D-TGCT in the spine is typically characterized by osteolytic and expansive findings, which are clearly demonstrated by CT . Therefore, differential diagnosis of D-TGCT in the spine includes benign or borderline lesions, such as osteoblastoma and giant cell tumor of bone. Osteolytic lesions centered on the facet joint have been reported to be characteristic of D-TGCT . However, the current case failed to support this finding. Spinal D-TGCT could arise from the atlantoaxial or atlanto-occipital joints, which are a tendon sheath or synovial membrane containing joints, and not a facet joint [4, 6]. D-TGCTs are reported to show low to intermediate signal intensity on both T1- and T2-weighted images on MRI [5, 7]. The signal intensity, particularly on T2-weighted images, is reported to be due to the presence of hemosiderin . However, low to intermediate signal intensity can be observed in giant cell tumor of bone. Therefore, the low to intermediate signal intensity is suggestive of D-TGCT but is not sufficient to distinguish between D-TGCT and giant cell tumor of bone. In the present case, a small CT-guided biopsy sample suggested giant cell lesions, which are common features of the both D-TGCT and giant cell tumor of bone. Because D-TGCT is rare in the spine, D-TGCT may not be considered as a diagnosis at MRI examination, even with histological information from a small sample. Consideration of D-TGCT is important when making a diagnosis of spinal osteolytic lesions. Gross total excision, including curettage, with functional preservation is recommended for D-TGCT in the spine. However, resection of the lesion is sometimes challenging because of the anatomical complexity of the spine. The local recurrence rate of spinal D-TGCT has been reported to be 18–25% . By contrast, the recurrence rate of overall D-TGCT has been reported to be 40–50% . In giant cell tumor of the bone, adjuvant therapy, such as soaking with ethanol, is known to reduce the recurrence rate; however, adjuvant therapy has not been established for D-TGCT. The extent of resection is reported to reduce the recurrence rate [4, 10].
In the present article, a case of D-TGCT in the thoracic vertebral lamina that failed to associate with the facet joint is reported. For diagnosis of D-TGCT, a combination of CT and MRI is useful, but osteolytic lesions may mimic aggressive bone tumors, making the diagnosis potentially challenging. The treatment goal for patients with PVNS is gross total excision of the mass with functional preservation and lowering of recurrence rate .
D-TGCT is a benign, but aggressive lesion, primarily involving large joints. D-TGCT arising in the spine is rare, with the involvement of the thoracic spine being particularly rare. Massive bone involvement associated with facet joints is characteristic of spinal D-TGCT. In the present article, a case of D-TGCT in the thoracic vertebral lamina that failed to associate with the facet joint is reported. For diagnosis of D-TGCT, a combination of CT and MRI is useful, but osteolytic lesions may mimic aggressive bone tumors, making the diagnosis potentially challenging.
1. Dorfman HD, Czerniak B. Soft Tissue Tumors. St Louis: CV Mosby; 1995.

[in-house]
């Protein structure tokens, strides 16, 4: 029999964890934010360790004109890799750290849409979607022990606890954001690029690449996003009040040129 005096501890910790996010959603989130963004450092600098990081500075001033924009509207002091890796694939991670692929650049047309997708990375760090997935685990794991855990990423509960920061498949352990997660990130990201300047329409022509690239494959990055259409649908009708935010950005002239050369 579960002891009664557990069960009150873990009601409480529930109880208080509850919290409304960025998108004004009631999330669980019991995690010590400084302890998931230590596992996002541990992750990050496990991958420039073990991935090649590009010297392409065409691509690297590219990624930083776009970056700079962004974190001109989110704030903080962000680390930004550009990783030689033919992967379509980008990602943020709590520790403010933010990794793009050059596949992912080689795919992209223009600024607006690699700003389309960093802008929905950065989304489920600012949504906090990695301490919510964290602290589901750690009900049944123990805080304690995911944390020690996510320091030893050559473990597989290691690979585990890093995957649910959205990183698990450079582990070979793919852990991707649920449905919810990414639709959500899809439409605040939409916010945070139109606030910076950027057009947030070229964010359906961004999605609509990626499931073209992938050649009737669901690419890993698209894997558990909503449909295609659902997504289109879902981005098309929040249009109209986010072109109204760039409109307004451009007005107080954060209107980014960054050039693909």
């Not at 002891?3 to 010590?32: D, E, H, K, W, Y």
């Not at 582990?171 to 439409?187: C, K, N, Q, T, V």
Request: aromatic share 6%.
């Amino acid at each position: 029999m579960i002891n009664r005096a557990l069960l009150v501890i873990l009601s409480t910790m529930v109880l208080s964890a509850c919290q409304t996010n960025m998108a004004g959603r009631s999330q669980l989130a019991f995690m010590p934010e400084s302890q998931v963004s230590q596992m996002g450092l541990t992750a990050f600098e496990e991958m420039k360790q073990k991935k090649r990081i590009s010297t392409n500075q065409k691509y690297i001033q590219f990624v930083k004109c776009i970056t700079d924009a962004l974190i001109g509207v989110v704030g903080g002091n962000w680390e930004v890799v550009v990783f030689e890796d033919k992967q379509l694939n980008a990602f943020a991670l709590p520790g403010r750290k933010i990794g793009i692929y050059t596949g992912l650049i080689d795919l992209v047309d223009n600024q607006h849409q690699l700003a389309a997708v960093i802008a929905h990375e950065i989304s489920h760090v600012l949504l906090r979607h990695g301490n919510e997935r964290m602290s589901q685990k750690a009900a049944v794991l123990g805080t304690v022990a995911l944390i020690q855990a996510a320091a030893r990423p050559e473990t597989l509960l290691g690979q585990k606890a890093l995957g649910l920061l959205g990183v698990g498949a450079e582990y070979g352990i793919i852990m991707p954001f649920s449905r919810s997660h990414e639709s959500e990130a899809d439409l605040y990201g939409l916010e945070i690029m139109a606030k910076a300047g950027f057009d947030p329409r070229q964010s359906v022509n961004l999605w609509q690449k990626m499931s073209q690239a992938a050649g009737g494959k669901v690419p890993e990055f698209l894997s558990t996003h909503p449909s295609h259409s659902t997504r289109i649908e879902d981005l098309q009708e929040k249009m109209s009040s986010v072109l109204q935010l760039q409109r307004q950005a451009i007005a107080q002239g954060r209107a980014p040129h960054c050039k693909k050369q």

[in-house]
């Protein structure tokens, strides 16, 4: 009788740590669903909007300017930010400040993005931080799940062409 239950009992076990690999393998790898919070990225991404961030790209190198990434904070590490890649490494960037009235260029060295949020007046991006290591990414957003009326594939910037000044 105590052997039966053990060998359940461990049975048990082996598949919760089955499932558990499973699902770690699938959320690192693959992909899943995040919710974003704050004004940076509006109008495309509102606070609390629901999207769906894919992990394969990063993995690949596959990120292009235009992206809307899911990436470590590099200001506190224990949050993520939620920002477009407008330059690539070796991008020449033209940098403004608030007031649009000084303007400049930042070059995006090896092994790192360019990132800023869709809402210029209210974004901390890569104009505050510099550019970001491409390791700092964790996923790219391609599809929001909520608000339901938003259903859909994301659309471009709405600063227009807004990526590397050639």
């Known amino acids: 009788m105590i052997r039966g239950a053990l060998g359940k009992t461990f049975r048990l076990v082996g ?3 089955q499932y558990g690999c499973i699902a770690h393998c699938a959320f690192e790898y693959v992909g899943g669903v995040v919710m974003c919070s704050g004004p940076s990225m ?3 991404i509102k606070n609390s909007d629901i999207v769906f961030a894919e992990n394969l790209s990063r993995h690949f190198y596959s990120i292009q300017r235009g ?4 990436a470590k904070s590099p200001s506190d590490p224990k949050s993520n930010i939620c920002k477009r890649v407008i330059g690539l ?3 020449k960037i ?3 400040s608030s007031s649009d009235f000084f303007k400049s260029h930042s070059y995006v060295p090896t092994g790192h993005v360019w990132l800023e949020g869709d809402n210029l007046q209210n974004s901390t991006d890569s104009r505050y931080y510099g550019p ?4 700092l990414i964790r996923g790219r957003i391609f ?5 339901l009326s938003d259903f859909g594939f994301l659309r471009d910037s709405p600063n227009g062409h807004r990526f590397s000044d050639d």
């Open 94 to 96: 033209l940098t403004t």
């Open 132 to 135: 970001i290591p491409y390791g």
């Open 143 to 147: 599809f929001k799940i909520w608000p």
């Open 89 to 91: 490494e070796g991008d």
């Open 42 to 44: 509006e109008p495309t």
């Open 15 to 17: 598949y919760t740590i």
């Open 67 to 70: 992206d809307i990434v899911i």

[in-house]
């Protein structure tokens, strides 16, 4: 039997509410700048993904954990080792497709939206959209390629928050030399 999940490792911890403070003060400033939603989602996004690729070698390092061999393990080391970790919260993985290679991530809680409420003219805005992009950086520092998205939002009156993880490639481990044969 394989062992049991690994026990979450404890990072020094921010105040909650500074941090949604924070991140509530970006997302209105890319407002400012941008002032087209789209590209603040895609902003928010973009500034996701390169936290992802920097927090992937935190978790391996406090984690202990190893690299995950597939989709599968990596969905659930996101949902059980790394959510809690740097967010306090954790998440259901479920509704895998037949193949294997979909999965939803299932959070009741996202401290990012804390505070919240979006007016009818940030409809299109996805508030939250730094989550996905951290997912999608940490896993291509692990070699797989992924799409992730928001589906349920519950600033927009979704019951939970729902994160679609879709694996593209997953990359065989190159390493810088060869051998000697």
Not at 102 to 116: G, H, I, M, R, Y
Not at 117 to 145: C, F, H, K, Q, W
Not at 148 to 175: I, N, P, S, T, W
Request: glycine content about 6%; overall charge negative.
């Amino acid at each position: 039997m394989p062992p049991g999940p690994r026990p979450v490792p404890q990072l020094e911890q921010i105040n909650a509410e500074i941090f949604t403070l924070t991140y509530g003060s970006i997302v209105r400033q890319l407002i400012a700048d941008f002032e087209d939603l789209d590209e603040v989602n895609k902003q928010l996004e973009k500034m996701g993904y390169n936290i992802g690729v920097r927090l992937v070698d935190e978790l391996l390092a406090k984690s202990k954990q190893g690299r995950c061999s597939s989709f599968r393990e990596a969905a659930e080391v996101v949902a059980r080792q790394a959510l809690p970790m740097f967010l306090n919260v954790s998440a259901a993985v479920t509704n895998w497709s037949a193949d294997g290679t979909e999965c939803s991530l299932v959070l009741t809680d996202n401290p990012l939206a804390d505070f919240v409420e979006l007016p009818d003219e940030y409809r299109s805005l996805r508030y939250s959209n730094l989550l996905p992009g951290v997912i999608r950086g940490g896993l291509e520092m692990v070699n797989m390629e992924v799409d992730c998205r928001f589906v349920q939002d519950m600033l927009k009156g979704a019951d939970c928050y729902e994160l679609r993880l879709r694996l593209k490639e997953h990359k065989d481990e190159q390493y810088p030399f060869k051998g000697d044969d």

2. Kleinman GM, Dagi TF, Poletti CE. Villonodular synovitis in the spinal canal: Case report. J Neurosurg 1980;52:846-8.
3. Oh SW, Lee MH, Eoh W. Pigmented villonodular synovitis on lumbar spine: A case report and literature review. J Korean Neurosurg Soc 2014;56:272-7.
4. Furlong MA, Motamedi K, Laskin WB, Vinh TN, Murphey M, Sweet DE, et al. Synovial-type giant cell tumors of the vertebral column: A clinicopathologic study of 15 cases, with a review of the literature and discussion of the differential diagnosis. Hum Pathol 2003;34:670-9.
5. Lang N, Yuan HS. Computed tomography and magnetic resonance manifestations of spinal pigmented villonodular synovitis. J Comput Assist Tomogr 2015;39:601-6.
6. Blankenbaker DG, Tuite MJ, Koplin SA, Salamat MS, Hafez R. Tenosynovial giant cell tumor of the posterior arch of C1. Skeletal Radiol 2008;37:667-71.
7. Roguski M, Safain MG, Zerris VA, Kryzanski JT, Thomas CB, Magge SN, et al. Pigmented villonodular synovitis of the thoracic spine. J Clin Neurosci 2014;21:1679-85.
8. Clark LJ, McCormick PW, Domenico DR, Savory L. Pigmented villonodular synovitis of the spine. Case report. J Neurosurg 1993;79:456-9.
9. Enzinger FM, Weiss WS. Benign tumors and tumor-like lesions of synovial tissue. Soft Tissue Tumors. 3rd ed. St Louis, MO: CV Mosby; 1995. p. 735-55.
10. Giannini C, Scheithauer BW, Wenger DE, Unni KK. Pigmented villonodular synovitis of the spine: A clinical, radiological, and morphological study of 12 cases. J Neurosurg 1996;84:592-7.
|Dr. Akio Sakamoto||Dr. Atsuji Matsuyama||Dr. Masanori Hisaoka||Dr. Shuichi Matsuda|
|How to Cite This Article: Sakamoto A, Matsuyama A, Hisaoka M, Matsuda S. Bone Involvement Mimicking an Aggressive Bone Lesion in a Diffuse-type Tenosynovial Giant Cell Tumor in the Thoracic Vertebral Lamina: A Case Report. Journal of Orthopaedic Case Reports 2018. May- June; 8(3): 14-17.|
[Full Text HTML] [Full Text PDF] [XML]
Dear Reader, We are very excited about New Features in JOCR. Please do let us know what you think by Clicking on the Sliding “Feedback Form” button on the <<< left of the page or sending a mail to us at email@example.com